Berlusconi sets off fake volcano to blow away election blues

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The Independent Online

Freed of the burdens of state - or impelled by a desperate desire to get back into the headlines - the former Italian prime minister Silvio Berlusconi is enjoying a summer of grand and improbable spectacles.

To celebrate Italy's big summer bank holiday on 15 August (the feast of the Assumption of the Virgin Mary), he organised the secret building of an artificial volcano in the sprawling though congested grounds of his Sardinian holiday home, Villa Certosa.

There on this lonely, splendid stretch of the Costa Smeralda, already adorned with his Greek-style amphitheatre, a garden with 1,000 cacti and at least five swimming pools, the media tycoon ordered the fashioning of this fake volcanic cone on the top of a new artificial hill which has already excited the disapproving attentions of the local planning authorities.

Mr Berlusconi is still the leader of Italy's opposition despite rumbles of rebellion from his allies and, as such, has been in regular touch with Prime Minister Romano Prodi in recent days over Italy's plans to send up to 3,000 soldiers to Lebanon with the UN force. But in between, he was putting the finishing touches to the most preposterous coup de théâtre of his extraordinary career.

"Around midnight on Ferragosto [the 15 August holiday]," reported Corriere della Sera, "the Cavalier laid on 'a crazy idea' for his 30 carefully selected guests."

On the artificial hill, an anonymous witness said, he had set up "a confection of lights, optical fibre and smoke that really made an impression, a fantastic idea, to see it at night it really seemed the cone was erupting and lava was pouring down it." The volcano effect was compounded by artificial earth tremors.

Neighbours of Berlusconi were so alarmed by the belching flames that they called the fire brigade. At the villa's front gate the firefighters were apologetically sent on their way.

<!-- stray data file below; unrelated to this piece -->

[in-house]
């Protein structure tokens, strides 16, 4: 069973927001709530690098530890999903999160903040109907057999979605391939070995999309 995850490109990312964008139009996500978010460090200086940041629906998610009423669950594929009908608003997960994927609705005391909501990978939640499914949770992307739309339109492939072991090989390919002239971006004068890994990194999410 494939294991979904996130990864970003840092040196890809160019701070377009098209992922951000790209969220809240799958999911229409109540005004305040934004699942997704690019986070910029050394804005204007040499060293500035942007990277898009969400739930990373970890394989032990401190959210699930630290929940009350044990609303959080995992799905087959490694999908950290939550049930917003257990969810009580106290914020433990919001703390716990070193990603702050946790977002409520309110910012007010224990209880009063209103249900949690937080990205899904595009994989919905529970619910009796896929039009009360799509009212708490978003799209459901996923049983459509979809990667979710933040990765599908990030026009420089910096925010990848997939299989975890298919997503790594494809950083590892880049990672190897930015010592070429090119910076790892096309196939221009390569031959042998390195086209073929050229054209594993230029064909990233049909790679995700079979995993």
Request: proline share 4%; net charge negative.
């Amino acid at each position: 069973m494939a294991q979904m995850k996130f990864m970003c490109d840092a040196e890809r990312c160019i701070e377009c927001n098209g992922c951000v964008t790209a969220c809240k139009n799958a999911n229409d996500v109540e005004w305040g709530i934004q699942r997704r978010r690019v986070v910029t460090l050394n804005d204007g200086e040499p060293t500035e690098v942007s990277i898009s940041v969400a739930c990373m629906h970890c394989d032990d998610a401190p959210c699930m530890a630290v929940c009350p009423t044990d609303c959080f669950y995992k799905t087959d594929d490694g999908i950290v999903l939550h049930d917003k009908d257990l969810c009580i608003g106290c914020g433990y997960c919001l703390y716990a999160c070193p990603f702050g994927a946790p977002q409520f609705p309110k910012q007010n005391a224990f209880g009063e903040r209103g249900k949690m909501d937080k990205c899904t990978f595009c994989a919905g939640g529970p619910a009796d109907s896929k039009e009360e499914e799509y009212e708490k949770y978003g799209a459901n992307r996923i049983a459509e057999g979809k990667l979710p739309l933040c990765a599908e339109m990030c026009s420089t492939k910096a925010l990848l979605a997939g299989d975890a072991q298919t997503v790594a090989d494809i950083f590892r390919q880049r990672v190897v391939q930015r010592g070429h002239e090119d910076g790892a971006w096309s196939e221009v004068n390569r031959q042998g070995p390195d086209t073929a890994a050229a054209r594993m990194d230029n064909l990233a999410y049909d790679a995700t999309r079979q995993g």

If this was Mr Berlusconi's way of telling the world that he is still a force of nature, the surprise party he laid on last month for the 50th birthday of his wife, Veronica Lario, reminded Italy that he is more like an old-style Arabian sheikh than any other democratic leader one can think of.

He insisted on Ms Lario taking a mystery trip on one of his private planes without him; it landed in Marrakesh, where she was escorted to a restaurant.

During the meal she was entertained by a troupe of gnawa dancers, one of whom turned out to be her husband in disguise. He whipped off his veil, took a diamond necklace out of his pocket and let rip with "Happy birthday to you".

Staged by any other politician, two such stunts in a row would be taken for sure signs of mental instability. But Italian commentators view them as Mr Berlusconi's way of warning aspirant rivals that he is in no mood to shuffle off the stage quietly.

"He has a great desire to get stuck in again," says Corriere della Sera. "A volcano, an earthquake... Silvio Berlusconi assures his people that he is over post-election depression. 'I'm the leader of the opposition', he is saying, 'and if Prodi wants to deal with anybody he'll have to deal with me'."

n Internet experts have warned that a fake BBC "news item" claiming that Mr Berlusconi had been murdered by an Israeli soldier contains a worm that will damage computers.

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